3) Editorial Director ZDNet/Contributing Editor AnchorDesk:
As ZDNet’s Editorial Director for Broadband, I learned the corporate side of the media business, and faced first-hand the difficulties of translating a great idea and a really cool capability into a profitable enterprise. It was an exercise in perseverance at times, and an abject lesson in how little I knew about getting the wheels of commerce to turn in the right direction. There were successes here, too, such as the creation of GameSpot’s streaming video clip service, which has informed and entertained millions of gamers around the world.

As Contributing Editor of AnchorDesk (www.anchordesk.com), I continue to enjoy publishing columns that tell the very human stories behind every technology. And my focus on great gadgets and “tech toys” always keeps me at the forefront of the coolest new consumer technologies and trends.

4) Executive Editor CNET:
Perhaps the greatest day for CNET Radio was the worst day our country and its people have suffered in modern history. On Sept.11, 2001, we were all shaken out of our beds by the calamity of the
Twin Towers. While CNET’s top executives were still debating whether the radio staff should even be called in to work, we were already in the studio and on the job, performing a mid-air format change from “tech talk” to breaking news and headlines. I’ve never seen a staff work harder and better, as we provided the vital function of reporting every twist and turn of that day’s awful events. It was a privilege to be part of that team, and to feel that in some small way, we were helping people to understand and react to those life-changing events.

5) Technology Commentator, KFWB News Radio 980:
Providing a daily, live report to millions of listeners in
Los Angeles for most of the past six years has been, on the whole, a lot of fun. It’s forced me to stay on top of the most current news and trends in technology (you can see the stories I’m tracking each week at http://kfwb.stevekovsky.com). In addition, the news staff at KFWB, working under News Director Andy Ludlum, is top notch, and being a small part of that team of professionals has always been a source of pride.

I also believe that this exercise of explaining highly technical information to “the masses” is a critical and demanding function in today’s increasingly complex society. Most of us don’t really understand how the commonplace machines that surround us and support us really work, and as everything from cars to can openers begins to adopt computer-enabled capabilities, that understanding gap is widening. Being able to break down complex issues and innovations into terms that we can all understand is becoming extremely important in our society. The bottom line in any technology story is how it affects people, and if you can communicate that, I think there will always be a role for you in the media.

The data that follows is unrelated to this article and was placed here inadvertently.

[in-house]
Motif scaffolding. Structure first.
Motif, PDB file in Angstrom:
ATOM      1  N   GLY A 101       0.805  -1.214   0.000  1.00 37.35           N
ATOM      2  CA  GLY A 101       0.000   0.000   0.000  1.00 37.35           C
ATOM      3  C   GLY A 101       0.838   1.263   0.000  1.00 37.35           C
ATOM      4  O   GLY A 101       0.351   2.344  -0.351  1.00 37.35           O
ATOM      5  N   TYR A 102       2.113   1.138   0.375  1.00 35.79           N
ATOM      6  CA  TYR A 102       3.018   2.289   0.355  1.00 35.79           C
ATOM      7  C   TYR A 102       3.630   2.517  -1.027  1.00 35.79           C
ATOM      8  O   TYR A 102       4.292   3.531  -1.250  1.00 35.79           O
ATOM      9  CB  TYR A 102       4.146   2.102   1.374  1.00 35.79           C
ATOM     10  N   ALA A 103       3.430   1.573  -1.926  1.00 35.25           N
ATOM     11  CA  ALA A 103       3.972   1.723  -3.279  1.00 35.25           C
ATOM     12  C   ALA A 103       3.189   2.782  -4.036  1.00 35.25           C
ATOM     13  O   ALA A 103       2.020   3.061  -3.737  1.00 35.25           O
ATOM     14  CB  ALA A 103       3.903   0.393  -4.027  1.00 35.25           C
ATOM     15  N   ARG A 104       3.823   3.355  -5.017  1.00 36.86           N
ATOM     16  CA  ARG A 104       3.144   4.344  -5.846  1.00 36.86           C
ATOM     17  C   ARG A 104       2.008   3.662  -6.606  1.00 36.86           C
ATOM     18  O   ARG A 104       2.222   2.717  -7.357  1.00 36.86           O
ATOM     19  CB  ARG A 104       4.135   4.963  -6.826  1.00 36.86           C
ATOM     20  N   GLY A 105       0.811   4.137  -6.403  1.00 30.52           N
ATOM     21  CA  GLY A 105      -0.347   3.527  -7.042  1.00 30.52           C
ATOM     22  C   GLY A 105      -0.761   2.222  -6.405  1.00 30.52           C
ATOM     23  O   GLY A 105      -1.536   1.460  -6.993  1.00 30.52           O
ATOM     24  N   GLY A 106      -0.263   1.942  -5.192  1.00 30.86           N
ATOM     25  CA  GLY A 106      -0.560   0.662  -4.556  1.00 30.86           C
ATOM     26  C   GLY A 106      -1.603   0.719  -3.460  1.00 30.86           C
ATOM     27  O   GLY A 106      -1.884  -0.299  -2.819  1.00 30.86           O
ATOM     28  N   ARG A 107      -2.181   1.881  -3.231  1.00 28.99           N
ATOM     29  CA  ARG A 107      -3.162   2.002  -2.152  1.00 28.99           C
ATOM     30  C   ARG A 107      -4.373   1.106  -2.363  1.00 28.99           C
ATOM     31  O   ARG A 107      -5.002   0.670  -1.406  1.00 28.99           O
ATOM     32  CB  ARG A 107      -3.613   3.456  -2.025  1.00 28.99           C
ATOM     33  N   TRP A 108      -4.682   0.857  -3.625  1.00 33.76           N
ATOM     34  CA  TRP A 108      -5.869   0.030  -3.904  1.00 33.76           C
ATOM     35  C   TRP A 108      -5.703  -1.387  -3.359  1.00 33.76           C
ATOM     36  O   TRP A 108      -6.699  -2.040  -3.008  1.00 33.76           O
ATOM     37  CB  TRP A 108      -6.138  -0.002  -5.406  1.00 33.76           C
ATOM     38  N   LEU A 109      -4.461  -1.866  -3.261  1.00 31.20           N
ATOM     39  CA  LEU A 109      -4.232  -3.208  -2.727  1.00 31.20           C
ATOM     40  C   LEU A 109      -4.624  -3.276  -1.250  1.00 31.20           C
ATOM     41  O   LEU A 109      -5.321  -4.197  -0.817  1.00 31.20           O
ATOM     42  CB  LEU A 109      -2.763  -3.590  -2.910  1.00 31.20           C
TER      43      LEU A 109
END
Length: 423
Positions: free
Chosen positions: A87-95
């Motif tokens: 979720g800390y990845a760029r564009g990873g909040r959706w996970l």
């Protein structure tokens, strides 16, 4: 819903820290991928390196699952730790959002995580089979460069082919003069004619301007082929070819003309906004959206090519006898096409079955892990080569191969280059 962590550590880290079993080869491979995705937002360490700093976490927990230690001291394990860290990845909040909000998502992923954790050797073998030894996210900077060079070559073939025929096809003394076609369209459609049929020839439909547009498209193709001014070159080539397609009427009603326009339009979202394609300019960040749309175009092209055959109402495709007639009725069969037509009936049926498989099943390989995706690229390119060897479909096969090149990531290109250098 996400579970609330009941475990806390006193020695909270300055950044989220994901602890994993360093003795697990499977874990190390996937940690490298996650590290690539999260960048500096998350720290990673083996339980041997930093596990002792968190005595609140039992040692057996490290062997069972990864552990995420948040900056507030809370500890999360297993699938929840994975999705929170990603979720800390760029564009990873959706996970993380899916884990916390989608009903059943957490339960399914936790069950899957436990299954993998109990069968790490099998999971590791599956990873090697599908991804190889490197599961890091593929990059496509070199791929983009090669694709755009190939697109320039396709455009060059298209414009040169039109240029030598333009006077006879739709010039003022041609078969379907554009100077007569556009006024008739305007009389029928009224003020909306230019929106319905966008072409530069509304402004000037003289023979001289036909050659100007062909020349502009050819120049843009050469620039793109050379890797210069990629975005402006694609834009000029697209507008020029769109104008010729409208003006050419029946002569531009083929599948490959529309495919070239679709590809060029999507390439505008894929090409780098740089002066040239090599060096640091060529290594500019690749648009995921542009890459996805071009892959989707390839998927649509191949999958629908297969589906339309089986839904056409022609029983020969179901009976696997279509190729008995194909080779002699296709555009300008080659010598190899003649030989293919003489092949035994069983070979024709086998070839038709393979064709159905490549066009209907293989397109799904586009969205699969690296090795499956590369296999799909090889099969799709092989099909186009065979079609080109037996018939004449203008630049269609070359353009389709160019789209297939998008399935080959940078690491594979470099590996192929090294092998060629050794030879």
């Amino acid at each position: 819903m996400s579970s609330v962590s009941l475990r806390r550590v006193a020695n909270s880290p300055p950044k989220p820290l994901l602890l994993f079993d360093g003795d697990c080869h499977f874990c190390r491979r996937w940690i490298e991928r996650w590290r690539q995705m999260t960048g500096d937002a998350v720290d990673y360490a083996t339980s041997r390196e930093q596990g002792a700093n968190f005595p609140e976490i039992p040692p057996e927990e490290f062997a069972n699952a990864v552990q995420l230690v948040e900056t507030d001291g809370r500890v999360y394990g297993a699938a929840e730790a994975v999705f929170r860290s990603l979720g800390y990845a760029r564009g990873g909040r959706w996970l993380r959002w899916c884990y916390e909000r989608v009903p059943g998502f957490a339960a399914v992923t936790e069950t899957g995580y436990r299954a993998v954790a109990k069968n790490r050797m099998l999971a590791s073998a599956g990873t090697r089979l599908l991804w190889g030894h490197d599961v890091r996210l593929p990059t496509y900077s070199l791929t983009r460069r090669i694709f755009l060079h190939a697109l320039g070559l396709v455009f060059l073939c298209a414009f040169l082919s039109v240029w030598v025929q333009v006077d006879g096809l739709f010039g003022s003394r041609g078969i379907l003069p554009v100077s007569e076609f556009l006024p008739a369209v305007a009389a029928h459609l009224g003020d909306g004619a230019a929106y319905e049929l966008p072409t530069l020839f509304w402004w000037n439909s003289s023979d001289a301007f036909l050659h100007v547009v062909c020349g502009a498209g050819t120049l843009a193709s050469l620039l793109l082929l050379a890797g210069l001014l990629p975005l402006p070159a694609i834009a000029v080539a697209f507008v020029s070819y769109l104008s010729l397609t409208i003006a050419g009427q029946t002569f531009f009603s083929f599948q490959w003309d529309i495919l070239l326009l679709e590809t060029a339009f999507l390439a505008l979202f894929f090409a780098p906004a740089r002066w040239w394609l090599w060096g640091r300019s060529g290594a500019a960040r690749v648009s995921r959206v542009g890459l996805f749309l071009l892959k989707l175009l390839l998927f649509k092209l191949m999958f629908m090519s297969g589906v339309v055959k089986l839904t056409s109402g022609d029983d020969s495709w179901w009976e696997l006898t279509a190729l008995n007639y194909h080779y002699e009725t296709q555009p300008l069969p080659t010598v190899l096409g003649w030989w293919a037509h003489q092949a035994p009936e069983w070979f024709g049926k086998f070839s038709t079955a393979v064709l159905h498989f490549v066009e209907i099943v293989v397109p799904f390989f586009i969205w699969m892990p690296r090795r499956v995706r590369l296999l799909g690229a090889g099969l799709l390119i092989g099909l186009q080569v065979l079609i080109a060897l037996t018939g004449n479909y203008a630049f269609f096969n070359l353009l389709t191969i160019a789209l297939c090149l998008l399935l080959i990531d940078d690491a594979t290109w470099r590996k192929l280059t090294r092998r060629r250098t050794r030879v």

6) Writer/Editor PC Week…Electronic Components:
In any field, you need to learn your “chops.” It’s usually just a matter of plain hard work. In the publishing field, the key is to get inside the head of your audience, and tell them what they need to know. That need may be driven by many things – capitalism, career advancement, personal curiosity, just to name a few. A good journalist takes the time to understand those motivations, then feeds that need in a way that is both truthful and entertaining. And yes, that can occur even at a publication with a sexy name like “Electronic Components.”

7) Centric Events Group:
After attending thousands of industry events around the
United States, I’m now helping to create them. Tens of thousands of IT professionals attend our ITEC Series and other educational events every year to learn more about the technologies that drive their businesses and their careers. For me, it’s a new arena to apply those same basic publishing principles of finding a need and filling it. And like broadcasting, producing events is a live medium. As such, it can be very unforgiving -- and extremely rewarding.

Q: Describe your current projects?

A: At Centric Events, we are currently in the midst of producing the Spring 2004 ITEC conference series (www.goitec.com), which entails more than 135 educational sessions for IT professionals, taking place in nine U.S. cities during May and June 2004. Between that, writing columns for AnchorDesk, covering new technologies for KFWB,and promoting this book, there’s a just a little time left for being a husband and a dad. I hope to be able to devote more time to helping nonprofits, in particular, the Juvenile Diabetes Research Foundation.